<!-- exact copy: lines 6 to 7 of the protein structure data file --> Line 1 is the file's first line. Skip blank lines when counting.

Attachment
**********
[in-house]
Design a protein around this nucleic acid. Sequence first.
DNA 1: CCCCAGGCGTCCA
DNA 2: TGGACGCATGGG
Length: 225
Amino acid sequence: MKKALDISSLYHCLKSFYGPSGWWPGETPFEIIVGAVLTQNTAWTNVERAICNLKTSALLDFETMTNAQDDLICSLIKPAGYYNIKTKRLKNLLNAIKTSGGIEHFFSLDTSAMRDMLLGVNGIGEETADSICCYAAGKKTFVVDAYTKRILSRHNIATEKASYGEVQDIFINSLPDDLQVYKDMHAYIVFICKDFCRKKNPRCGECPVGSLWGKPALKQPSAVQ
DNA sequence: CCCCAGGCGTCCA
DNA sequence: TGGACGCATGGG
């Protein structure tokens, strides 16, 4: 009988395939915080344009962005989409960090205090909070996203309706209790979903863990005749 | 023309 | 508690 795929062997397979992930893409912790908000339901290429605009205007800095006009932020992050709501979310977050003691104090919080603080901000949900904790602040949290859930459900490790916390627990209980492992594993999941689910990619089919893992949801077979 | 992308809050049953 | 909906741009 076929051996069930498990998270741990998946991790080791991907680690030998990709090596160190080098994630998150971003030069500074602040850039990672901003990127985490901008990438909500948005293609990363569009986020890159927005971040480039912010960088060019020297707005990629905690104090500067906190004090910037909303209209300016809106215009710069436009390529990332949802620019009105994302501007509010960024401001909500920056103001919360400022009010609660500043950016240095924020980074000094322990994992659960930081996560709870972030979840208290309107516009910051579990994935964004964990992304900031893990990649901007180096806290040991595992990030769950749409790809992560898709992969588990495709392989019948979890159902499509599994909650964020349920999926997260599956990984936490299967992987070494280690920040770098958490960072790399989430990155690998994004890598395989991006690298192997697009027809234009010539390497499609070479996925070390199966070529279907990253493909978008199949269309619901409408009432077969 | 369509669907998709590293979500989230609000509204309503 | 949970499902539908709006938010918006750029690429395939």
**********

Amino acid sequence: MKKALDISSLYHCLKSFYGPSGWWPGETPFEIIVGAVLTQNTAWTNVERAICNLKTSALLDFETMTNAQDDLICSLIKPAGYYNIKTKRLKNLLNAIKTSGGIEHFFSLDTSAMRDMLLGVNGIGEETADSICCYAAGKKTFVVDAYTKRILSRHNIATEKASYGEVQDIFINSLPDDLQVYKDMHAYIVFICKDFCRKKNPRCGECPVGSLWGKPALKQPSAVQ
DNA sequence: CCCCAGGCGTCCA